Can I Flush Wet Wipes Down The Toilet?

Sir John Harrington, inventor of the flushing toilet (hence ‘the john’), would roll over in his grave if he could see what we are putting down our shitters and sinks today.

After chatting to a spokesperson from Sydney Water, I’ve learned of two major items most people don’t realise simply aren’t up to the task of toilet travel.

1. “Flushable” wipes

Known to some as the remover of makeup and others as wiper of baby bums or an occasional substitute shower, wet wipes are the notorious mastermind of pipe crime.

An estimated 500 tonnes of wipes are removed from the wastewater networks every year and are responsible for about 75% of all wastewater blockages.

Like true criminal masterminds, the manufacturers of wipes are sneaky with the use of the word ‘flushable’ in their marketing, but don’t let this trick you into believing they have a place in our pipes.

Not only do wet wipes cost the water industry millions of dollars to remove, but the resulting blockages can cause overflows into local creeks, rivers, and even beaches – a gross thought for those of us already recoiling from seaweed’s slimy caress or flinching when our toes touch slippery creek beds.

More importantly, these spills pose a huge environmental risk to our ecosystems. Even the duck biting eels down at my local nature reserve don’t deserve to be swimming in our mess.


2. Fatbergs

While getting the bathroom situation under control, let’s also spare a thought for what’s lurking in our kitchen pipes.

The term ‘fatberg’, was both unfamiliar and chuckle-worthy when it surfaced in my chinwag about Sydney Waters Clean Up Not Down Campaign

The rancid phenomenon goes like this: When cooking oil and grease hit the cool water in our wastewater pipes, they harden and combine with other waste (like wet wipes) to form a hard blockage known as a fatberg.

Just as the iceberg was ultimately responsible for the submerged decks of the Titanic, the fatberg is a health and environmental nightmare causing wastewater to back up and flood hazardous waste into houses, backyards and local waterways.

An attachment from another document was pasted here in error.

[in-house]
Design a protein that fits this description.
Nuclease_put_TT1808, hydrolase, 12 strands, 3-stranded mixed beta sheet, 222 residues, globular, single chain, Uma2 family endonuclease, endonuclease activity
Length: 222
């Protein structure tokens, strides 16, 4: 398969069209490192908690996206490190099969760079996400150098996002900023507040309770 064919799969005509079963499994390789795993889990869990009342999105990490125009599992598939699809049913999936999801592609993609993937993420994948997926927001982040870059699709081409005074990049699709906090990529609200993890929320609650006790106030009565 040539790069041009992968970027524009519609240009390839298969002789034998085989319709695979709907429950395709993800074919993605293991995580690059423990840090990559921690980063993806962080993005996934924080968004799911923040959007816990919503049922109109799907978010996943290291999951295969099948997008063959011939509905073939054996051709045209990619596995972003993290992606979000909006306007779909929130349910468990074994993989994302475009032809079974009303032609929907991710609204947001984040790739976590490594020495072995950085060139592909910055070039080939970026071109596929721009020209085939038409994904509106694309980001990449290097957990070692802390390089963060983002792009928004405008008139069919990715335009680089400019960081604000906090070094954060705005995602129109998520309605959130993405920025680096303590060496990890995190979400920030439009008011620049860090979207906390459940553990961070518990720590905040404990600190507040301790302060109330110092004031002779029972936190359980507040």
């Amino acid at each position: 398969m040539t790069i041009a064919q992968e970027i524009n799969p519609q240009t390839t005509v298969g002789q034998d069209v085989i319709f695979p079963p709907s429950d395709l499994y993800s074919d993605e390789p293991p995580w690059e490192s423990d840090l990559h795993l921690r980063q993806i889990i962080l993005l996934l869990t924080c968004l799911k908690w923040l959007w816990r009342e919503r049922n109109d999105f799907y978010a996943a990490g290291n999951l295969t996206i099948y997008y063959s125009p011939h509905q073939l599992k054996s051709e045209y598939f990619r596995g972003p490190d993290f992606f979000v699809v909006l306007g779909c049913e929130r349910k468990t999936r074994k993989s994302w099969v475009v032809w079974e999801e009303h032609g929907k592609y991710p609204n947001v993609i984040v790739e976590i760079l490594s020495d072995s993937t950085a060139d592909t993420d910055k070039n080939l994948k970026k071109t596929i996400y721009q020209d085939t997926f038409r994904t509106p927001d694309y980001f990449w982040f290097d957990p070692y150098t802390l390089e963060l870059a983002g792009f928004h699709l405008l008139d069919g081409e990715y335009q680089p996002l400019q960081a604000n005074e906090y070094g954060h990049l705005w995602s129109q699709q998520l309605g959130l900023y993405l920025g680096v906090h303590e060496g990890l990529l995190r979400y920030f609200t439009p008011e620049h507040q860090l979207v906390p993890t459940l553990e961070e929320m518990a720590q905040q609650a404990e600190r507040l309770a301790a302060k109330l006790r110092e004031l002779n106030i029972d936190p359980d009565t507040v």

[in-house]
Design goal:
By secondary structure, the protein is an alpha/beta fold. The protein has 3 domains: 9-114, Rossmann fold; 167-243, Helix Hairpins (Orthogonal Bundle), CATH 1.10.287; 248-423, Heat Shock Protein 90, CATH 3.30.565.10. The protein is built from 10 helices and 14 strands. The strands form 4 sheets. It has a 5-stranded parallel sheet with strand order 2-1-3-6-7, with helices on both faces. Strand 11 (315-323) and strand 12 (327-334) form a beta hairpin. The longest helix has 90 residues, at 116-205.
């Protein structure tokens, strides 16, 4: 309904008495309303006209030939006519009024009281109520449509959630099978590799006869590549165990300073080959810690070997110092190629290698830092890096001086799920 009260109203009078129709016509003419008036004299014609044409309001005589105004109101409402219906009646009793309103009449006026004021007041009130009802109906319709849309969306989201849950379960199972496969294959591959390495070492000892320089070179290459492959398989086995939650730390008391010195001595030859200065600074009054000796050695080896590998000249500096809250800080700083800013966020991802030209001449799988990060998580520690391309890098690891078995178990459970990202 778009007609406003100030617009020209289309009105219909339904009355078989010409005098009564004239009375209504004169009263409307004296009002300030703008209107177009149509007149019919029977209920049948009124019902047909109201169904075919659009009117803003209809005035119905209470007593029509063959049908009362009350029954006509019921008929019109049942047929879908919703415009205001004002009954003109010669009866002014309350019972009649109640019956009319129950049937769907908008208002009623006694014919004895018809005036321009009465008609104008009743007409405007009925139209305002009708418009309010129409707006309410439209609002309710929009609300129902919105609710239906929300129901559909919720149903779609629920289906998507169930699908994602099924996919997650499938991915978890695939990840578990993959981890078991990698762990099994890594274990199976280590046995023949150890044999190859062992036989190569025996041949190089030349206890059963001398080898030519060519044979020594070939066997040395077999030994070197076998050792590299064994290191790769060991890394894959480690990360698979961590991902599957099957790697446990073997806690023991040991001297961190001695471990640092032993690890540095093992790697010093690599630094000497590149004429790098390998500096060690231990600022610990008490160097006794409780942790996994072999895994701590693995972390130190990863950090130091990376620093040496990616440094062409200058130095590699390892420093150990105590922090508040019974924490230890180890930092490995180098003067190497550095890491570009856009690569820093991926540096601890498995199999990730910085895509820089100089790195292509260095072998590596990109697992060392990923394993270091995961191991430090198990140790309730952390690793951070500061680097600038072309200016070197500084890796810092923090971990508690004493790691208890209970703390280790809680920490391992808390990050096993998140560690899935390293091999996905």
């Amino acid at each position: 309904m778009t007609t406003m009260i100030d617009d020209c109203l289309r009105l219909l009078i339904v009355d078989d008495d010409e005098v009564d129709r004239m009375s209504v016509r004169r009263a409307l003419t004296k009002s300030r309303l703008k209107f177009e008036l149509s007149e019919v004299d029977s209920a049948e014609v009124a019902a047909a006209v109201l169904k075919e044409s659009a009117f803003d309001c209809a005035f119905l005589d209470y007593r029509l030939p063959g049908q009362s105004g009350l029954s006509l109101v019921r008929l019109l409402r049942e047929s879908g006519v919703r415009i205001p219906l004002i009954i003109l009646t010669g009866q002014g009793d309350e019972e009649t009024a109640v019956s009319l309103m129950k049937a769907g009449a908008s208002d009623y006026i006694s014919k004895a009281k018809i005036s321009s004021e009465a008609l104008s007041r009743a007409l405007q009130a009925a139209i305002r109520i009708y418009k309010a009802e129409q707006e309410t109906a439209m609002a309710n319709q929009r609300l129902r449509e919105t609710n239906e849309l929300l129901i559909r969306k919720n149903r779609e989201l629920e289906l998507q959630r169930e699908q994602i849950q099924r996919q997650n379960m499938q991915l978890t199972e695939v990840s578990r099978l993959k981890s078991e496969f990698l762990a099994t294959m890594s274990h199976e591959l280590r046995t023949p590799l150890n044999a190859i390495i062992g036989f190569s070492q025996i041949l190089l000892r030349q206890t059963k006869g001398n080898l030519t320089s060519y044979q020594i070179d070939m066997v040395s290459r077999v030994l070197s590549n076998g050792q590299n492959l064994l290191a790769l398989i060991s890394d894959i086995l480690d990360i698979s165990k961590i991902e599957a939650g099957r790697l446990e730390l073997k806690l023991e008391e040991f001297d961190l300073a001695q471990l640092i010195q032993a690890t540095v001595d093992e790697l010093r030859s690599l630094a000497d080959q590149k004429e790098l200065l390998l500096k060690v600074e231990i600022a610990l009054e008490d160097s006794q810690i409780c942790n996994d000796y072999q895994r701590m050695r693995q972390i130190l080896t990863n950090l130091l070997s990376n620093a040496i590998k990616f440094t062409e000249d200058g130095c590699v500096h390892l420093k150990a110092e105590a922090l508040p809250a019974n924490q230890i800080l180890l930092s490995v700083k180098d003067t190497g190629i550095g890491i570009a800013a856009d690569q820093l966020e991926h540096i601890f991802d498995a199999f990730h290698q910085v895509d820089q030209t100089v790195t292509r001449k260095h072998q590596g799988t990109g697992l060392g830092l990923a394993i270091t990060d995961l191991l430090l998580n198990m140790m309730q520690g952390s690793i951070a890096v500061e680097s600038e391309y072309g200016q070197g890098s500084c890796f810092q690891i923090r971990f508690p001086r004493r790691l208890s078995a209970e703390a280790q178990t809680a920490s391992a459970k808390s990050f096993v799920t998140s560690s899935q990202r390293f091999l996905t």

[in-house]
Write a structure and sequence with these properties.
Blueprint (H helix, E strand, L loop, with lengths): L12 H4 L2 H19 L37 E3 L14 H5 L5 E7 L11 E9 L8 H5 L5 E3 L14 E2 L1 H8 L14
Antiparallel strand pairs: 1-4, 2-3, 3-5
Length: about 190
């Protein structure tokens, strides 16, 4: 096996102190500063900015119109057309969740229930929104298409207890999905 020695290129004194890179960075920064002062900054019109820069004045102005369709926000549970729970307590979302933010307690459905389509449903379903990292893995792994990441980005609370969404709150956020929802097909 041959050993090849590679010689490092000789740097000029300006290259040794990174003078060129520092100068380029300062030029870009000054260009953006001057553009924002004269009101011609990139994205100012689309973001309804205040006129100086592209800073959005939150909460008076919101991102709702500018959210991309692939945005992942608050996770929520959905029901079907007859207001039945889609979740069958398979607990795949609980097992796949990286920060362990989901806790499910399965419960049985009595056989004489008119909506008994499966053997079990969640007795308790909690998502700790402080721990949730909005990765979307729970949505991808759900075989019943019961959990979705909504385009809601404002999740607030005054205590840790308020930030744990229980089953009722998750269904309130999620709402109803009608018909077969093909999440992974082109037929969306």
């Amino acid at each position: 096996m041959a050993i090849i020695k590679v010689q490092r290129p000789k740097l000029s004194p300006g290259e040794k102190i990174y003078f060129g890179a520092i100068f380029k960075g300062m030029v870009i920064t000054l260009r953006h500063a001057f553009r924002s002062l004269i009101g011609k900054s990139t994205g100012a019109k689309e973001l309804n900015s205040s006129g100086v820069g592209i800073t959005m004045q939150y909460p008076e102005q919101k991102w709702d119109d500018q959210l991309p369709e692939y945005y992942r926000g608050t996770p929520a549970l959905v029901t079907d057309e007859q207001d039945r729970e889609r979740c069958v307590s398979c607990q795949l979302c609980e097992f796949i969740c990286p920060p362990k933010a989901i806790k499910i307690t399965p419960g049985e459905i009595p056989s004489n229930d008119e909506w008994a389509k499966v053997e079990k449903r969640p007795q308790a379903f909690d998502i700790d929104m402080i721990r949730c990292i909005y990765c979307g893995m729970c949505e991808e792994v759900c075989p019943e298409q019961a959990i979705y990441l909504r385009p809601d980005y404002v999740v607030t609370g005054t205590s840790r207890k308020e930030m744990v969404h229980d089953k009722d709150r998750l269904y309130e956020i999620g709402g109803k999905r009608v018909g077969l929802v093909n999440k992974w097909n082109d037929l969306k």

So, do you bit for the waterbirds and:

  1. Catch food scraps with a sink strainer
  2. Collect them for your compost
  3. Wipe greasy pans with a cloth and;
  4. Pour any used oil, fatty liquids or old milk into a container that gets placed in the bin.

The ducks will thank you.

Anybody got a gas mask?

3. And in case you have to be told…

Wet wipes and fatbergs are in league with a dirty dozen other items that don’t belong in your pipes.

Please, for the love of God, don’t put these down your drains:

  • Cotton buds
  • Cleansing pads
  • Toilet roll tubes
  • Medicines
  • Cigarettes
  • Disposable nappies
  • Plasters
  • Tampons
  • Tampon applicators
  • Sanitary pads
  • Dental floss
  • Condoms

There’s a couple in there, that for a long time I believed could be disposed of correctly with a push of the half flush.

But with campaigns such as Keep Wipes Out Of Pipes, Sydney Water is urging us to think before we flush, and dispose of these trashy twelve in a toilet-side bin.

The bottom line…

The next time you’re Instagram scrolling on the loo or humming a ditty as you scrub the sink remember that our pipes can only dispose of things that will flush and disintegrate:

If it’s not human waste or two-ply paper with convenient perforations every ten centimetres, it doesn’t go down the john.

The alternative? Contemplating our destructive and environmentally questionable tendencies while swimming in whitewash and wastewater.

This article was written by Rose Alateras.

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